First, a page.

Up and down the country there are campaigners fighting to save their local pub.

In Trottiscliffe, near West Malling, villagers can say that fight is nearly over.

Plough committee 2020

Oliver Shaw, Ian Mills, Jeremy Comber, Alison Prountzos and Laura Piggott outside The Plough in Trottiscliffe.

In September 2017 The Plough Inn, a 500-year-old building made of two old farm cottages, was sold by Enterprise Inns.

At first it sounded like good news for the village. The pub had closed that July, 200 years since it had first got an alcohol licence.

Ian Mills explained: "We found out the pub had been sold, we though that was a good sale at the time.

"But it turned out it had been bought at by a property developer."

The private developer had eyes on converting the historic inn on Taylors Lane into a house and building a second home in its car park.

Villagers were quickly sacrificing their own time to protect the pub.

Sales and marketing director Mr Mills explained: "We're quite lucky in Trottiscliffe, we've got two pubs.

"The George is a destination pub, people come from miles away to enjoy the food and the atmosphere.

"But The Plough is very much our local, a lot of people believed it should be retained as a pub.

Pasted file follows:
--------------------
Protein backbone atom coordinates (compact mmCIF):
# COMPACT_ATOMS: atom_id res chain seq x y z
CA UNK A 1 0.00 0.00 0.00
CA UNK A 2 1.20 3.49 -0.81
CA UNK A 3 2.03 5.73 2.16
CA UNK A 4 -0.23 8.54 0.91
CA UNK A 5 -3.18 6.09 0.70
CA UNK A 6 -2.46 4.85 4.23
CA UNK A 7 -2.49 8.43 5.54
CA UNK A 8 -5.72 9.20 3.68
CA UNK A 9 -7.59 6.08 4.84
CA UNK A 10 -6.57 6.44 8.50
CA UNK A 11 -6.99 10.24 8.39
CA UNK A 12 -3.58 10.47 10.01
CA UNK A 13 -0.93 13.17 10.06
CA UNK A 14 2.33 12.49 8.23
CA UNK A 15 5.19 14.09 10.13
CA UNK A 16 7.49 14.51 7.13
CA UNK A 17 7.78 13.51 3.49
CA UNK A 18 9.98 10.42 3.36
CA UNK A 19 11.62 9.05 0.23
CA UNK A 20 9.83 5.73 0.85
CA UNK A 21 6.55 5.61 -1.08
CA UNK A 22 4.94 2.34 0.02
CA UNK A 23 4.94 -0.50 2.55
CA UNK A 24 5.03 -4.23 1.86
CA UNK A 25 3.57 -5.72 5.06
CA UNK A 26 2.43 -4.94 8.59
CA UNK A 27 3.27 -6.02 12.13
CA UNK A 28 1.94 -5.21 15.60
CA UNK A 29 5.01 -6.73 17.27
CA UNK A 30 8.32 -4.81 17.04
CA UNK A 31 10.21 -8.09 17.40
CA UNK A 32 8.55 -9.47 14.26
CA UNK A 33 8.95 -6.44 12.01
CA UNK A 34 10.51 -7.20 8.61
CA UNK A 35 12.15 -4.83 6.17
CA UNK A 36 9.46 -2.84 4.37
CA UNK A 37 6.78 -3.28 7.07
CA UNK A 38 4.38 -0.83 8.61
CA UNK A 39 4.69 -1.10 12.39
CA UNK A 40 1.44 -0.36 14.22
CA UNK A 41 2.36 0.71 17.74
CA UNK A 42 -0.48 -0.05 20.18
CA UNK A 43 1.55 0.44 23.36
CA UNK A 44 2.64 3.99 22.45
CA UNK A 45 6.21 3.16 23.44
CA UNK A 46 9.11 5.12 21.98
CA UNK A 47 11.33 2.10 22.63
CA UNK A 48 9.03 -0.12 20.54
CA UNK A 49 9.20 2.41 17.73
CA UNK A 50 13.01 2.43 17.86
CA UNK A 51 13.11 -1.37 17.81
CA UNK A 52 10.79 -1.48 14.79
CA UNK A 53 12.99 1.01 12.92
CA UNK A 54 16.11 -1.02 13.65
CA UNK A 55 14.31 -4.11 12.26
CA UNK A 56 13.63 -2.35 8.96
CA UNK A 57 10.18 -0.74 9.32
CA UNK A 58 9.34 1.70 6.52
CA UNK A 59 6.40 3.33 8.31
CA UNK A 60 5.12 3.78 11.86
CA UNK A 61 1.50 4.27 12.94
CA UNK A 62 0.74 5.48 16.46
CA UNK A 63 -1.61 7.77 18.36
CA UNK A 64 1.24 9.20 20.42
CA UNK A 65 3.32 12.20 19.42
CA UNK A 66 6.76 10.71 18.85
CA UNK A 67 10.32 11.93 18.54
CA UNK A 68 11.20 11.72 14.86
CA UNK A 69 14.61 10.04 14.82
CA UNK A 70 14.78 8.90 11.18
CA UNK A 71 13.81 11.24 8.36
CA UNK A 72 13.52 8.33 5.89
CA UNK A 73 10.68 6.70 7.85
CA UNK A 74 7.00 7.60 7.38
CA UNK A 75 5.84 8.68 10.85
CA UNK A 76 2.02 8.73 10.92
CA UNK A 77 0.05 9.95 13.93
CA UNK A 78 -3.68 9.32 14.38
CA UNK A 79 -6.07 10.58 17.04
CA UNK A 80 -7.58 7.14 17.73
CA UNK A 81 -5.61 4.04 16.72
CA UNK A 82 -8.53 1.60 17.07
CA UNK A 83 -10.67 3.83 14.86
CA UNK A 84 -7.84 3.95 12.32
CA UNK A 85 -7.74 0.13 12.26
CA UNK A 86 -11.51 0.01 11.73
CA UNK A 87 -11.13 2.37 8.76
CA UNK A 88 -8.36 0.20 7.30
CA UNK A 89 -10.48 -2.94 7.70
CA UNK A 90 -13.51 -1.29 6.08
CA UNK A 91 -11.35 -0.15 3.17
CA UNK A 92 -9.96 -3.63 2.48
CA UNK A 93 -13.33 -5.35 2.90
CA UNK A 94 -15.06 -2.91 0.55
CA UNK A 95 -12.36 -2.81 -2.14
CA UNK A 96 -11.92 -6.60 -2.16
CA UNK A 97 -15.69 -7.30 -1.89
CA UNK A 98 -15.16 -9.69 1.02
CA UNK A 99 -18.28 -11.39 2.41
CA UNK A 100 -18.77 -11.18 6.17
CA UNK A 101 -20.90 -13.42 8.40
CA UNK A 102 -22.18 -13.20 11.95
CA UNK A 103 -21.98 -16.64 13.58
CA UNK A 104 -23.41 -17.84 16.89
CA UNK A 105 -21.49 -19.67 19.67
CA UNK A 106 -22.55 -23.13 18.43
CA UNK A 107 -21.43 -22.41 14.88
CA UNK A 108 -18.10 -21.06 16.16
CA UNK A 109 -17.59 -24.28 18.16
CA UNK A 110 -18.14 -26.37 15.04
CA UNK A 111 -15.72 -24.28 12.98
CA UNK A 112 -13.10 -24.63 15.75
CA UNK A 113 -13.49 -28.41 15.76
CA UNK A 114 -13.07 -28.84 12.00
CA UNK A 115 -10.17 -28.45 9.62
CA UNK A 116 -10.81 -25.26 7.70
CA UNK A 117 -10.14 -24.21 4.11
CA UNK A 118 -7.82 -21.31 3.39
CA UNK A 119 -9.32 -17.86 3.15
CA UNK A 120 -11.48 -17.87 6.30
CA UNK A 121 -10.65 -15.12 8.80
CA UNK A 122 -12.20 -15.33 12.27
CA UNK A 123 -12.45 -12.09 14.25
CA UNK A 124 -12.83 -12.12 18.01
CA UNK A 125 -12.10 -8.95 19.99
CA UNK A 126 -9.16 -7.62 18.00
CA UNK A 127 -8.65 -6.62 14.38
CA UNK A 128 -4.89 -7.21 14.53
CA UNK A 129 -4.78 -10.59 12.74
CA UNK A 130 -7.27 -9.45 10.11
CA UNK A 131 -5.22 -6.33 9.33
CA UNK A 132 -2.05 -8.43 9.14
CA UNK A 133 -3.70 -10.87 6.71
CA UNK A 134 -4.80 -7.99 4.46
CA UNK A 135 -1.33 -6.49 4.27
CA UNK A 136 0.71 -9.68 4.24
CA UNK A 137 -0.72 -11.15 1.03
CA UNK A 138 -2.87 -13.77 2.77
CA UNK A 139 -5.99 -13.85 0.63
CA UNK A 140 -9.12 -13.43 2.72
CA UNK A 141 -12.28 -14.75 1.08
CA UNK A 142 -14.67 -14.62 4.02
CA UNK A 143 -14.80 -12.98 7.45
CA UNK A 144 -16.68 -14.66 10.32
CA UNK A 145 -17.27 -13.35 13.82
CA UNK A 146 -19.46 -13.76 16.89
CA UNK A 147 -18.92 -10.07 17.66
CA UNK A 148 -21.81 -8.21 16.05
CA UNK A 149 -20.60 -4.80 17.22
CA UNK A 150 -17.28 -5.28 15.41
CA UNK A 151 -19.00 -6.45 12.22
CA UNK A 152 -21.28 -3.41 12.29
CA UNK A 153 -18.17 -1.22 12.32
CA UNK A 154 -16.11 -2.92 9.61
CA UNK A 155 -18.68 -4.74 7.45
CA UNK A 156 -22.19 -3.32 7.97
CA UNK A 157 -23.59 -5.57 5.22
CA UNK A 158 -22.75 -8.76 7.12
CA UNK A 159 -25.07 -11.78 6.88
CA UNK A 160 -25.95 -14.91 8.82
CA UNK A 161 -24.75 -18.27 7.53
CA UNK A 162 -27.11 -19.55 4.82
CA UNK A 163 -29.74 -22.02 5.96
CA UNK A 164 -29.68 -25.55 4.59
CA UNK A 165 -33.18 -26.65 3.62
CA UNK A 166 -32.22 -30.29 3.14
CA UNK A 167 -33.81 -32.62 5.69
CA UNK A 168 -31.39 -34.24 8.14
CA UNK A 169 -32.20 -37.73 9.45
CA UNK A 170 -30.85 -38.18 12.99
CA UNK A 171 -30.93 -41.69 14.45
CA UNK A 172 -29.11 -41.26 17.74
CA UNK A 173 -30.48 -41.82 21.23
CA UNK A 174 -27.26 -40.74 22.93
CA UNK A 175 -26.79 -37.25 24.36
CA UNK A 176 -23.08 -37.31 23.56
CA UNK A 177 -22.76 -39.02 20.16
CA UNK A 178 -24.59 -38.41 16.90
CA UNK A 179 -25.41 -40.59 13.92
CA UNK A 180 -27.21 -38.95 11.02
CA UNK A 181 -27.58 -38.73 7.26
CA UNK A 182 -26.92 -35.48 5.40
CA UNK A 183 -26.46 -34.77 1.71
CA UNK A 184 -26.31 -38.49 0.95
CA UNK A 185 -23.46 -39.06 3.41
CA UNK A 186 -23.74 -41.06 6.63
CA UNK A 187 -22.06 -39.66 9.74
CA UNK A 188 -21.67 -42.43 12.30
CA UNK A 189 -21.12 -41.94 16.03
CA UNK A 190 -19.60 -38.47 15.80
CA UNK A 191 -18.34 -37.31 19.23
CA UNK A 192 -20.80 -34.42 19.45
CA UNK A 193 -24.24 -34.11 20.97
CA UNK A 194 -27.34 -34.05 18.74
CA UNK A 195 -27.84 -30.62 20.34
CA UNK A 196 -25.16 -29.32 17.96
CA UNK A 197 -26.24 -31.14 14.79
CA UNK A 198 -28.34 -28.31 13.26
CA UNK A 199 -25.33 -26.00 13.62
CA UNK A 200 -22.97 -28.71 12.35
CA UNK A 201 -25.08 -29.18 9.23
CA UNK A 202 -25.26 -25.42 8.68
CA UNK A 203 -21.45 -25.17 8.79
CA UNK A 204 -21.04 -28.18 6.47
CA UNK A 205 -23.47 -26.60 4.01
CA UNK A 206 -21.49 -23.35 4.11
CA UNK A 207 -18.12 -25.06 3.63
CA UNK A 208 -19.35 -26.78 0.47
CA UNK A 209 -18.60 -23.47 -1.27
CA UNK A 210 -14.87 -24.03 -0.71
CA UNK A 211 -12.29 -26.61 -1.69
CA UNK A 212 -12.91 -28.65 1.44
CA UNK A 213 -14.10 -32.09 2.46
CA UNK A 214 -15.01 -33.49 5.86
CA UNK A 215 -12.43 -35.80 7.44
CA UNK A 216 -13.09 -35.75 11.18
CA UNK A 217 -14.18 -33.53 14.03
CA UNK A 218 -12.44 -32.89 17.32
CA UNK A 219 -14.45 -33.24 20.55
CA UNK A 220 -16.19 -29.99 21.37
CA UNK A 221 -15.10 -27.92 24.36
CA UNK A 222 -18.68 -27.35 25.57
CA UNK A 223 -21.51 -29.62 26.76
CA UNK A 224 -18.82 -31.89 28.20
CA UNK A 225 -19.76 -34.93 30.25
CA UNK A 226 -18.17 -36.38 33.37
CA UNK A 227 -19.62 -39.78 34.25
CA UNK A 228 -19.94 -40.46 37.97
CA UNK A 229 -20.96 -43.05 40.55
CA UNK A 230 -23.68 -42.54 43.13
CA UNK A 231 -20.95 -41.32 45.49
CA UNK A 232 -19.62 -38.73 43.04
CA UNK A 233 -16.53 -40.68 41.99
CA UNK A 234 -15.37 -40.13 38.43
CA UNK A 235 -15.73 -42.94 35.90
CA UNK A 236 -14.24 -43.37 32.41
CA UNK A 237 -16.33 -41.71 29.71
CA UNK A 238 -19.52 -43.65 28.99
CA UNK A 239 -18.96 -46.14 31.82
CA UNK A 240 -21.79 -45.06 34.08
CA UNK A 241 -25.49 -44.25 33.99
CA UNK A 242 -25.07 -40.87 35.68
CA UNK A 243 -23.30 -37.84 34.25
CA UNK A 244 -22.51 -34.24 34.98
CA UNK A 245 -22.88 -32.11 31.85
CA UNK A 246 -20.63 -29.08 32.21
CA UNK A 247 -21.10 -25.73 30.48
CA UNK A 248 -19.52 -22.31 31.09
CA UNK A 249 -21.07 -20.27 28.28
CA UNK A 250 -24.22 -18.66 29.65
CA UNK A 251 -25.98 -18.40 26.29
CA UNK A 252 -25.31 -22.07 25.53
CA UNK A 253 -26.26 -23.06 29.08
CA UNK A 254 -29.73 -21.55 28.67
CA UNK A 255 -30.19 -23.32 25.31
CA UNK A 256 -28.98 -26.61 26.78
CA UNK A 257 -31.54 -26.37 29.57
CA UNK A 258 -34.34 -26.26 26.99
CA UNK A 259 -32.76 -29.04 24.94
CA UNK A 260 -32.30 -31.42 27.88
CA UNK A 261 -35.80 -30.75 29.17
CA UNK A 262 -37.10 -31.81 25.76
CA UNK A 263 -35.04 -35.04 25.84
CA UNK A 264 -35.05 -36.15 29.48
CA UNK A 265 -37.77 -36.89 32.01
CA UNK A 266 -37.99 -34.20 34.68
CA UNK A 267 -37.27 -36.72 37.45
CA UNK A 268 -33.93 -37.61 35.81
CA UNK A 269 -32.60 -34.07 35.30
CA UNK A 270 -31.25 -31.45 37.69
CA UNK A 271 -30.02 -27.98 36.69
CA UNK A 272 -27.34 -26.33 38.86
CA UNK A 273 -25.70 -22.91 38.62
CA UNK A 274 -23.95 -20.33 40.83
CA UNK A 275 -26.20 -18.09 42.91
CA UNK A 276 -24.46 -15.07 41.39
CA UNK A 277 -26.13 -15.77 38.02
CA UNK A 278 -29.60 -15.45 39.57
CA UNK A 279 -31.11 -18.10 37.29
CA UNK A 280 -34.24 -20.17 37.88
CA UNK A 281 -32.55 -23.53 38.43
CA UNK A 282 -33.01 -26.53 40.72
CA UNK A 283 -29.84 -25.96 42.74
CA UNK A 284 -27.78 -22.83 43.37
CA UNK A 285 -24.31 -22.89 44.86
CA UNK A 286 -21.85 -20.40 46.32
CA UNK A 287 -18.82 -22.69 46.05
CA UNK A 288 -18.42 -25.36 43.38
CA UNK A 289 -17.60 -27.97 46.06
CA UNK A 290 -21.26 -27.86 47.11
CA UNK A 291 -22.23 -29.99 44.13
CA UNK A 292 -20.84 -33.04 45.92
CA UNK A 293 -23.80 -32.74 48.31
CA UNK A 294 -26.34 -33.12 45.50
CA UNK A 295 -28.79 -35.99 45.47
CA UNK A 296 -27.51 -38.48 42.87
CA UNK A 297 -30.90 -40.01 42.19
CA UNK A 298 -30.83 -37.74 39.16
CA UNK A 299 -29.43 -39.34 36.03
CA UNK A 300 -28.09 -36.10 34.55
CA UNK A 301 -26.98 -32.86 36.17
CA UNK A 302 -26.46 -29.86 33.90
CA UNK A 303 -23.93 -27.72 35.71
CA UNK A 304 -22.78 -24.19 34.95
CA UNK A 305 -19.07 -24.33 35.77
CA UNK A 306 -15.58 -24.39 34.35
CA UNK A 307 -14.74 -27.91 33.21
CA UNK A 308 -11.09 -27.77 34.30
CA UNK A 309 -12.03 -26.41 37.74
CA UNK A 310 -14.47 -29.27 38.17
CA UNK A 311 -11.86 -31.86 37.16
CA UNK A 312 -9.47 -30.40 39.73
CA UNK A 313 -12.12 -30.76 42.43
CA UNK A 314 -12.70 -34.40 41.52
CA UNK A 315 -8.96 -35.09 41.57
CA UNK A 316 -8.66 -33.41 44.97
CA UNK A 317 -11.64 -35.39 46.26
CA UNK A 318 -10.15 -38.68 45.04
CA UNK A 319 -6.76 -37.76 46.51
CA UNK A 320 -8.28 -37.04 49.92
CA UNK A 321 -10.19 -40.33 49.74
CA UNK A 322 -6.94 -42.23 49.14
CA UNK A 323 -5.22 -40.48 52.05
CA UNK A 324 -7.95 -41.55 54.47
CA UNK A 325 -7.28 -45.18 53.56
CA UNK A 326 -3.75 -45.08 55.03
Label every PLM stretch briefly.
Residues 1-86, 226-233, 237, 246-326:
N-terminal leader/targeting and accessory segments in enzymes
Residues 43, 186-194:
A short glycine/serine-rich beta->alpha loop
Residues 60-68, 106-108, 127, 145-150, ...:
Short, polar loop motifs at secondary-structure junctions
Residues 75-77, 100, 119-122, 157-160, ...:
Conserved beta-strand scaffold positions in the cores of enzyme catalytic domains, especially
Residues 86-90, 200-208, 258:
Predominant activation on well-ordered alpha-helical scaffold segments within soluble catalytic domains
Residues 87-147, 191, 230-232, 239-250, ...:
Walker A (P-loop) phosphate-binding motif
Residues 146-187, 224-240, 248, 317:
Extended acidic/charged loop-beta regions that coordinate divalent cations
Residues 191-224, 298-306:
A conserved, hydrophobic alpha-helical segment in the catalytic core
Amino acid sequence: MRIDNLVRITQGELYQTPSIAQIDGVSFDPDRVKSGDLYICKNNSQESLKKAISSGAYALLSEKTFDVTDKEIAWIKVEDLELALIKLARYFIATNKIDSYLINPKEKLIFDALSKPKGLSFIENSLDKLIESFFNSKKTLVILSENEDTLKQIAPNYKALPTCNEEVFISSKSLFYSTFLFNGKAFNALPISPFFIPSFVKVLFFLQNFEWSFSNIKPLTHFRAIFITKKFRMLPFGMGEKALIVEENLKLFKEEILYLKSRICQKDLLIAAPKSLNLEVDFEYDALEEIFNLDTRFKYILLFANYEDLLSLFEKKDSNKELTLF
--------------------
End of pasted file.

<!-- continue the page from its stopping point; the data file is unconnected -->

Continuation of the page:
"At the time we were lucky, Tonbridge and Malling Borough Council agreed with us and marked it as a community asset, that protected it from development."

Ian Mills 2020

Ian Mills. Picture: Matthew Walker.

Since then the village has been on a mission - to raise enough money and buy the pub and protect it for itself.

Up to 30 people have dipped into their own coffers, raising 350,000 in the process.

Last Friday contracts were exchanged and The Plough officially became a community owned pub.

Mr Mills, from Pinesfield Lane, said: "We've still got to raise about 100,000 to cover the cost of the pub but I'm confident that money will come in. We have a tenant ready to go and we want to make sure the inside is looking ready."

After paying the 450,000 asking price, the committee expects to spend an extra 120,000 refurbishing the pub.

Once open, Mr Wells says the village is committed to making the pub work for locals.

The Pinesfield Lane resident: "We want to use local produce wherever possible. There is a cheesemaker in nearby Fairseat we'd like to use, Our village school has a small farm attached to it and we'd like to use eggs from there too.

"The pub is free house which means we're free to use any of the small microbreweries Kent has to offer."

To celebrate its nearing success, Trottiscliffe villagers will be able to meet The Plough's new tenant next month.

'Plough Uncorked ' will be at Trottiscliffe Village Hall on the evening of February 10 at 7pm.

The Plough will hopefully reopen at Easter.


Latest news is that the pub is now open again and was saved by and is owned by the community! It contains a restaurant called Bowley’s (named after William Bowley Jun, relation of the Bowley and Bristol Unuted Brewery) using local produce. Has been redecorated but still contains the original features.



JEFFERY John 1858+

MILES Eliza 1881+ (widow age 64 in 1881Census)

PARRIS Robert F 1901-38+ (also agricultural labourere age 46 in 1901Census)

YATES Family 2020+




If anyone should have any further information, or indeed any pictures or photographs of the above licensed premises, please email:-